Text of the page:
It’s normal to feel anxious when you get a diagnosis of endometrial cancer (cancer in the lining of the uterus). The good news is that many women who were once in your situation ultimately found ways to get through their jumble of worries. (About 62,000 Americans get diagnosed with endometrial cancer each year).
Some of these women share their most effective strategies here, along with tips and tools for dealing with follow-up testing for Lynch syndrome (an inherited cancer disorder that can appear as endometrial cancer), and microsatellite instability (MSI) of the endometrial tumor. A positive result for either further increases the risk for getting additional types of cancer over time.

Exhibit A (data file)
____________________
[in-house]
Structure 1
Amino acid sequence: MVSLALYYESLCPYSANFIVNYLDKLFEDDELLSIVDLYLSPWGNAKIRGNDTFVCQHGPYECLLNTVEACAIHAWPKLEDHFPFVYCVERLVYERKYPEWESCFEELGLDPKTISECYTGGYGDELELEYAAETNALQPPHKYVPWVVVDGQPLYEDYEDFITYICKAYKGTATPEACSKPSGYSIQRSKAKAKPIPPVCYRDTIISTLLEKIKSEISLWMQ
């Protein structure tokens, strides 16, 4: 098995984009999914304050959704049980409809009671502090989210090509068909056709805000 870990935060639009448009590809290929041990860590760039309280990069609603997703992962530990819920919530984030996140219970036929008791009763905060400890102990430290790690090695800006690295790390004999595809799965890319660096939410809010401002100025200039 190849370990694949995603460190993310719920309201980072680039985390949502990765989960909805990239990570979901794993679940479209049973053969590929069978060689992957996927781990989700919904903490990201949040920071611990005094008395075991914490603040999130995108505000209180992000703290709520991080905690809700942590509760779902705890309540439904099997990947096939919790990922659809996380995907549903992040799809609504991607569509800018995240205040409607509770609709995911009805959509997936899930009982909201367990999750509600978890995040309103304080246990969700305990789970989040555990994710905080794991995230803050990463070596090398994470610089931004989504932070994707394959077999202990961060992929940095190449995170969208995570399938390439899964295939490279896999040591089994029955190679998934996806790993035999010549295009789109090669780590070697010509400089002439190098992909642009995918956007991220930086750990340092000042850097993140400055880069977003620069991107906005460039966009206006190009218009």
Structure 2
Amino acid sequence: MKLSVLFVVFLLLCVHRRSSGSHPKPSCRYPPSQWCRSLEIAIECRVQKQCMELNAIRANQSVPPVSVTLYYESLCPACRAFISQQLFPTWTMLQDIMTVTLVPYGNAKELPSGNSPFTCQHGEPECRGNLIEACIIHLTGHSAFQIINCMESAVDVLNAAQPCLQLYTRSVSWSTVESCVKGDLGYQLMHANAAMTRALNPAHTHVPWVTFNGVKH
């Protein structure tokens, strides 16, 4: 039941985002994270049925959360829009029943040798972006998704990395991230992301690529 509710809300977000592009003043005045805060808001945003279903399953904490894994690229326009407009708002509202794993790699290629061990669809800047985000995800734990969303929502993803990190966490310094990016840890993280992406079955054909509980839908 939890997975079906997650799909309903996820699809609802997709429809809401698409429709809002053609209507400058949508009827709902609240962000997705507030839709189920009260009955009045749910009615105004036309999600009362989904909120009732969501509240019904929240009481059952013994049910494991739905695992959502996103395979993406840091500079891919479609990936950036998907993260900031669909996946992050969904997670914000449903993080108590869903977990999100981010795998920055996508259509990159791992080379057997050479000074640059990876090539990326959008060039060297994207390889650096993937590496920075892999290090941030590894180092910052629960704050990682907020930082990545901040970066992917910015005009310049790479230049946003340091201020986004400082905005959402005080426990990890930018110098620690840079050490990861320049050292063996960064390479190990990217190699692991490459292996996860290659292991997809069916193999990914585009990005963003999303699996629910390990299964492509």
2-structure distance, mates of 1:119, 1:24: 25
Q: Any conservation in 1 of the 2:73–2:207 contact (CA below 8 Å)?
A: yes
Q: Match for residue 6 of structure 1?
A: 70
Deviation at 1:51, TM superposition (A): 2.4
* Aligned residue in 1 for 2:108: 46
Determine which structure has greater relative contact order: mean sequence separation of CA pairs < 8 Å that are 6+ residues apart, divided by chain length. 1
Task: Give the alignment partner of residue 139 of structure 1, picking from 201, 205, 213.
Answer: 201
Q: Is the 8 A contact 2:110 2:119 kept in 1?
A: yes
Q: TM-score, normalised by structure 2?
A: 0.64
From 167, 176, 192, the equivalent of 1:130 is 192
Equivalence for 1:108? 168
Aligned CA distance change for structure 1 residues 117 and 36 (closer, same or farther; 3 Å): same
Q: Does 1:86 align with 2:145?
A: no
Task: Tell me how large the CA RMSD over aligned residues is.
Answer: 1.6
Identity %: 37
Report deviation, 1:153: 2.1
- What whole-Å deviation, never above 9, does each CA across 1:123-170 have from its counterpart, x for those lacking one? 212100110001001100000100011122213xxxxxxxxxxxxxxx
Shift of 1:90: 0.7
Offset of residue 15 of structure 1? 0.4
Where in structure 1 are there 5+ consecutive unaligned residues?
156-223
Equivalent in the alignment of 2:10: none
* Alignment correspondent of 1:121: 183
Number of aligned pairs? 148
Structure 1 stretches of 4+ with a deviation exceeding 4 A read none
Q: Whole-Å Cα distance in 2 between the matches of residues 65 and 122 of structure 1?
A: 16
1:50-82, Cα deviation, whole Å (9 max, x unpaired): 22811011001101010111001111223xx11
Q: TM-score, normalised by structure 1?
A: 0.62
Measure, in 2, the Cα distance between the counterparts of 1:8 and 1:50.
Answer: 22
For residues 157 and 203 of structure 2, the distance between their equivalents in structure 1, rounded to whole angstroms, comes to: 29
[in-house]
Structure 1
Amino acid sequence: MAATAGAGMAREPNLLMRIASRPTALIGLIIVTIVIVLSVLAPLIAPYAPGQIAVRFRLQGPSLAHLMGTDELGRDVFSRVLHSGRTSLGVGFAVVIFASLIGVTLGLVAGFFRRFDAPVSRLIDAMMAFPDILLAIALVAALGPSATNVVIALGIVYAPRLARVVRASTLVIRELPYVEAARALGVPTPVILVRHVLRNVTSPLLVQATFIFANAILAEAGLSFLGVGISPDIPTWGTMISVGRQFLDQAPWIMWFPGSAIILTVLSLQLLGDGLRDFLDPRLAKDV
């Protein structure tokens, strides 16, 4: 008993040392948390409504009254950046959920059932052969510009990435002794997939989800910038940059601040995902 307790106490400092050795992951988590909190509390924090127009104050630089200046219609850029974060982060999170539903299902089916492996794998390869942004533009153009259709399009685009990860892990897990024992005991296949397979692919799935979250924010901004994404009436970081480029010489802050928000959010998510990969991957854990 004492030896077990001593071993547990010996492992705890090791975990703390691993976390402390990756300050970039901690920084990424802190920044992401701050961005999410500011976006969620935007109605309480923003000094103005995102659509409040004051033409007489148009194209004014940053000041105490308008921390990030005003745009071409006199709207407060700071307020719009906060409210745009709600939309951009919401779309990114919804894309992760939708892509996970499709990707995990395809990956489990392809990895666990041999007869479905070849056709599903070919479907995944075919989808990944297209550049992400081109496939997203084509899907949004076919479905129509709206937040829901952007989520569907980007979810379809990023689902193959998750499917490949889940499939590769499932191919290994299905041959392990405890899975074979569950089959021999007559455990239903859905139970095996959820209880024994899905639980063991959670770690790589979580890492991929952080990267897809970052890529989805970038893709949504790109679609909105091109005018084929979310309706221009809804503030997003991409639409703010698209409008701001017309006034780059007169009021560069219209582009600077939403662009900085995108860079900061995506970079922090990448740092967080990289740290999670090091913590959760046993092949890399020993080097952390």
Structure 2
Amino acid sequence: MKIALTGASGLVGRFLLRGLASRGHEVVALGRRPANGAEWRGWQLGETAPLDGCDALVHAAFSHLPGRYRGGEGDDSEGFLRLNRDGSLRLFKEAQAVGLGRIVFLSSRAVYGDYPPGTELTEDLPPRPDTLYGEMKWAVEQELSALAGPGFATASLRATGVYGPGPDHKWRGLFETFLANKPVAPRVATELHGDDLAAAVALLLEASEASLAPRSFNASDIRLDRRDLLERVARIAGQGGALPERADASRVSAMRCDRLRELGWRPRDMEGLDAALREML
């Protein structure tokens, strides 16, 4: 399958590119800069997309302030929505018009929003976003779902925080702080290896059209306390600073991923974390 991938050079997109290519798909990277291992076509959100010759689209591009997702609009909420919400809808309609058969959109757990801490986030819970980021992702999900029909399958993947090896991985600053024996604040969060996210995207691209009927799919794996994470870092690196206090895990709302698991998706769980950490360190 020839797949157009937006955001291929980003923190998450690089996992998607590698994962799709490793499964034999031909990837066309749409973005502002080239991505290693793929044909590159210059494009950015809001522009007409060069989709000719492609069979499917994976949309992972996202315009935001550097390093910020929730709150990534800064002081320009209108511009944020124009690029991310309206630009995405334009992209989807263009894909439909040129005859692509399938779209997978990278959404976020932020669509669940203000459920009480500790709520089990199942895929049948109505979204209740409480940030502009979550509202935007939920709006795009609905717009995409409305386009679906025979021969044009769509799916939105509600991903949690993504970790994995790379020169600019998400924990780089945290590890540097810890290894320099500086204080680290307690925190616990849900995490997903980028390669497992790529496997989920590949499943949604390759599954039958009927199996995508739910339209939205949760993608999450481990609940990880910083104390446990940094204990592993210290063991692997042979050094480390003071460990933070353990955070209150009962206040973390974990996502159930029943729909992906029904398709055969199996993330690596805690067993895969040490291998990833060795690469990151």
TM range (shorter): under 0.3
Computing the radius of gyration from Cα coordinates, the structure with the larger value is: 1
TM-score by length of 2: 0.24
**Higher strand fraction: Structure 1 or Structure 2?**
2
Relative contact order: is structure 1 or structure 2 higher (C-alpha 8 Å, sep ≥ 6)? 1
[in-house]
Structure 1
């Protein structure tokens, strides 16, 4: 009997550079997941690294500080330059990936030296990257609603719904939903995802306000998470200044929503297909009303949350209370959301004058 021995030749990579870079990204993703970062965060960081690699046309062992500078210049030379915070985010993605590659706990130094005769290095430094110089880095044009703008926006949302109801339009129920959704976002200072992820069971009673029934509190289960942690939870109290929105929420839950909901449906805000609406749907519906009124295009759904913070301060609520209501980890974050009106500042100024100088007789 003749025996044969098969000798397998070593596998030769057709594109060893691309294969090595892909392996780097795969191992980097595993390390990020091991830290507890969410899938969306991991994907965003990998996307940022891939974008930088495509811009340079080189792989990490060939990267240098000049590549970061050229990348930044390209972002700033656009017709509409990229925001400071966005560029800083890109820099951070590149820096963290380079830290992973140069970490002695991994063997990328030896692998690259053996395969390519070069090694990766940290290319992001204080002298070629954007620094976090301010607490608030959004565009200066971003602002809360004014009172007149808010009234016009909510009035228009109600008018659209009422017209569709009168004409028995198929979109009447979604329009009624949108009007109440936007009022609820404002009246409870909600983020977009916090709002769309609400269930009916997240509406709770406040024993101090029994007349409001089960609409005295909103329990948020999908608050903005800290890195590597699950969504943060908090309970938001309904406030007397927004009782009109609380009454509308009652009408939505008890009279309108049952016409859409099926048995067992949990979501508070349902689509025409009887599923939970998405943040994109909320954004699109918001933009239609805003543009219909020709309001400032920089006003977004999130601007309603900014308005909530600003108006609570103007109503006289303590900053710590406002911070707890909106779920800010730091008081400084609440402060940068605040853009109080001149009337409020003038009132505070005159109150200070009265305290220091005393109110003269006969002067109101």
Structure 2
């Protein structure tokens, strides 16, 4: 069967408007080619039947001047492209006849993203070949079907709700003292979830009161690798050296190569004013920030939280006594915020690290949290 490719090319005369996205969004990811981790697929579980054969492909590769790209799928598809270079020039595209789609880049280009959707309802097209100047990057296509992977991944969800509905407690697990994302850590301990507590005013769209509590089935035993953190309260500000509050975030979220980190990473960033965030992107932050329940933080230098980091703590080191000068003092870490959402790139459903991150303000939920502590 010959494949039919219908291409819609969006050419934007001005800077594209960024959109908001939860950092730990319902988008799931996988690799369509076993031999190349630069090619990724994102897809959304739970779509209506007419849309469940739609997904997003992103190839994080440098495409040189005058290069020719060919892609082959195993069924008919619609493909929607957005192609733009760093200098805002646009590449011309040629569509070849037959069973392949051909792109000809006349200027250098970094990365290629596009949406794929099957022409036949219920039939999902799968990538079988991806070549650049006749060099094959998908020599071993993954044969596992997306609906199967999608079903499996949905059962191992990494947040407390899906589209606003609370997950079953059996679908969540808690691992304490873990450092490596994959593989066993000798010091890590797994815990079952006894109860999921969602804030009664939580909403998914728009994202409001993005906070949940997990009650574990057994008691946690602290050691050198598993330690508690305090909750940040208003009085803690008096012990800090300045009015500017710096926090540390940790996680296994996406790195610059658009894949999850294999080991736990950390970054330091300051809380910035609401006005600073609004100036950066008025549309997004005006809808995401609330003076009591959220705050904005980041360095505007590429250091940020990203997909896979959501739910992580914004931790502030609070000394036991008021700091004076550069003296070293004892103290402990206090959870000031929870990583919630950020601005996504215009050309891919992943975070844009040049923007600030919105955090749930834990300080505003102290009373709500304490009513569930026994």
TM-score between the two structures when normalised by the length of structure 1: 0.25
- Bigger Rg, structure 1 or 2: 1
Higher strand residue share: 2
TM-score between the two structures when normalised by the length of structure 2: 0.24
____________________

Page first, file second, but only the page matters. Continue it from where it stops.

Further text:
Ultimately, finding your own method for handling this difficult news can make you feel less anxious over time, and according to the National Cancer Institute can also serve as an antidote to the depression and anxiety that having cancer can cause.